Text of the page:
They also learn life skills, such as laundering some of the donated clothes.

The resale shop is located in Full Circle’s facility at 17006 Mack in Grosse Pointe. Full Circle moved from Kercheval to the much larger building on Mack about a year ago and has plans to create additional classroom space, thanks to help from the school district with storage space.

“It’s three times the size,” Kurtz said of the new location. “We’re able to do so much more.”

Fodell’s vision keeps growing, as well. There are a number of new things on the horizon for the program, including adding more students in the fall.

Gabel Financial recently donated a 12-passenger van to the program.

“We want to be able to transport our students from job site to job site,” Kurtz said. “They made a very generous donation.”

The program’s 3-acre garden project on the grounds of Riverview Health Center is one of many partners with Full Circle. It’s a booming program that is growing this year.

“It’s really amazing,” Kurtz said. “It’s huge this year.”

They’re launching a community-supported agriculture program this summer. That means that they’re taking a limited number of subscriptions from community members in June to launch this pilot program. Then, the students will do their work on the garden and harvest vegetables to create baskets for the paid subscribers, which will be delivered to their homes each week.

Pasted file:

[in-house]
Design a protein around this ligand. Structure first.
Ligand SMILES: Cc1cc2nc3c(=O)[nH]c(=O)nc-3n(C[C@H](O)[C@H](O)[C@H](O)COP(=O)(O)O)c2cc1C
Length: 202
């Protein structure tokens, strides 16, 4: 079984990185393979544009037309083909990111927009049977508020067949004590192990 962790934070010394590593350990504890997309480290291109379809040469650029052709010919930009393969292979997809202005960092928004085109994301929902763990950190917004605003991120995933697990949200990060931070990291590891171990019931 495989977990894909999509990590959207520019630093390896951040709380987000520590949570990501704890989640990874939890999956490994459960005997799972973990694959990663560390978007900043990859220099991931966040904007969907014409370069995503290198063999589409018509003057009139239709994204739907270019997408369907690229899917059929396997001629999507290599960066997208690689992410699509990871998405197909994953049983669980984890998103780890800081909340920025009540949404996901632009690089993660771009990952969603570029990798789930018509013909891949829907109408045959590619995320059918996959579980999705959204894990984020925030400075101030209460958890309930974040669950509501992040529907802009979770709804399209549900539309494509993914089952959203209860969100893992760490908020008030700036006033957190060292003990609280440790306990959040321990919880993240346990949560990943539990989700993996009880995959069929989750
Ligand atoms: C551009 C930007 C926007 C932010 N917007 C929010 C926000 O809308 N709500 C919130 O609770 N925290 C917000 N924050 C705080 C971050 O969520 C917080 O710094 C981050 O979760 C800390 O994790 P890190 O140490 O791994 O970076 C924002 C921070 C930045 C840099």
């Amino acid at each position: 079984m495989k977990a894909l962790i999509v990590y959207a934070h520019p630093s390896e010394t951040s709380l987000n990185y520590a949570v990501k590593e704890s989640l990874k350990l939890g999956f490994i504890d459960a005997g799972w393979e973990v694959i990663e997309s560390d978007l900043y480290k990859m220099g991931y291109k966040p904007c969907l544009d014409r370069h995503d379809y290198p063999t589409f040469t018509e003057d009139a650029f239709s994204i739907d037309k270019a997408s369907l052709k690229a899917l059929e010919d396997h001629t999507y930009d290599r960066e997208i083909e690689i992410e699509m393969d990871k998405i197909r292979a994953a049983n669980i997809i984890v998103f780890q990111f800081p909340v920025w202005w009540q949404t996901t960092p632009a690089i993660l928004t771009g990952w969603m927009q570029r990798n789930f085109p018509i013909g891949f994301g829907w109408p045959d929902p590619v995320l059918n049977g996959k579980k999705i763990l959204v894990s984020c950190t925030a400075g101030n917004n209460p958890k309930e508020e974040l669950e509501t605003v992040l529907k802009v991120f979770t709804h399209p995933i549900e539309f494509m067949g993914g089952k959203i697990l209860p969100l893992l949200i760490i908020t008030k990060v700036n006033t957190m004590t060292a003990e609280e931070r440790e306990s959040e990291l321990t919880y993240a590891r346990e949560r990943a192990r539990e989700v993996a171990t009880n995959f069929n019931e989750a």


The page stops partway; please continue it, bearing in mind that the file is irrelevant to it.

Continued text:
For the first time, the program has a full-time executive director. Kurtz came on about a month ago. A Grosse Pointe native and graduate of the district’s school system, she moved back home from Tennessee to take on this new role.

“It’s so fortuitous she was available,” Fodell said. “We were ready for it. It couldn’t have been a more perfect fit.

“She’s just so fresh and knowledgeable,” she said, adding that Kurtz is what they need. “It’s kind of in her blood to do community work.”

Fodell, who spends a lot of time working with Full Circle, will have more time to spend with her grandchildren now that the program has a full-time director, but said “this is my baby, also” when talking about the program.